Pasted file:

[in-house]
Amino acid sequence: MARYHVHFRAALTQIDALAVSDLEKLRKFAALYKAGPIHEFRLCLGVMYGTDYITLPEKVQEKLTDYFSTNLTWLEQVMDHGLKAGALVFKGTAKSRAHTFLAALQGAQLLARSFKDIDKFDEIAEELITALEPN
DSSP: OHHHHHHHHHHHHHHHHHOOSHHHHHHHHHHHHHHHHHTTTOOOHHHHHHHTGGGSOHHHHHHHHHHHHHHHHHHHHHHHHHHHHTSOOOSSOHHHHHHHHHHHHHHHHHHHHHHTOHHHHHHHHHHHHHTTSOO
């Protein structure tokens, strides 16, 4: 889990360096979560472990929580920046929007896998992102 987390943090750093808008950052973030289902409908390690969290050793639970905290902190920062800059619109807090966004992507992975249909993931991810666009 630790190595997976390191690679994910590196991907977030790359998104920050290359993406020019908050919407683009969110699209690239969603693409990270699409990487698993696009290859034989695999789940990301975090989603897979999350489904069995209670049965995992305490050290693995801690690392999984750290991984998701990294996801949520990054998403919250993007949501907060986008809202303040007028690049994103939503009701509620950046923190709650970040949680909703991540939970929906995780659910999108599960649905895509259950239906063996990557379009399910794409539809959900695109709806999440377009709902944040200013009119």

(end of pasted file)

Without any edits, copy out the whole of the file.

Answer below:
[in-house]
Amino acid sequence: MARYHVHFRAALTQIDALAVSDLEKLRKFAALYKAGPIHEFRLCLGVMYGTDYITLPEKVQEKLTDYFSTNLTWLEQVMDHGLKAGALVFKGTAKSRAHTFLAALQGAQLLARSFKDIDKFDEIAEELITALEPN
DSSP: OHHHHHHHHHHHHHHHHHOOSHHHHHHHHHHHHHHHHHTTTOOOHHHHHHHTGGGSOHHHHHHHHHHHHHHHHHHHHHHHHHHHHTSOOOSSOHHHHHHHHHHHHHHHHHHHHHHTOHHHHHHHHHHHHHTTSOO
């Protein structure tokens, strides 16, 4: 889990360096979560472990929580920046929007896998992102 987390943090750093808008950052973030289902409908390690969290050793639970905290902190920062800059619109807090966004992507992975249909993931991810666009 630790190595997976390191690679994910590196991907977030790359998104920050290359993406020019908050919407683009969110699209690239969603693409990270699409990487698993696009290859034989695999789940990301975090989603897979999350489904069995209670049965995992305490050290693995801690690392999984750290991984998701990294996801949520990054998403919250993007949501907060986008809202303040007028690049994103939503009701509620950046923190709650970040949680909703991540939970929906995780659910999108599960649905895509259950239906063996990557379009399910794409539809959900695109709806999440377009709902944040200013009119």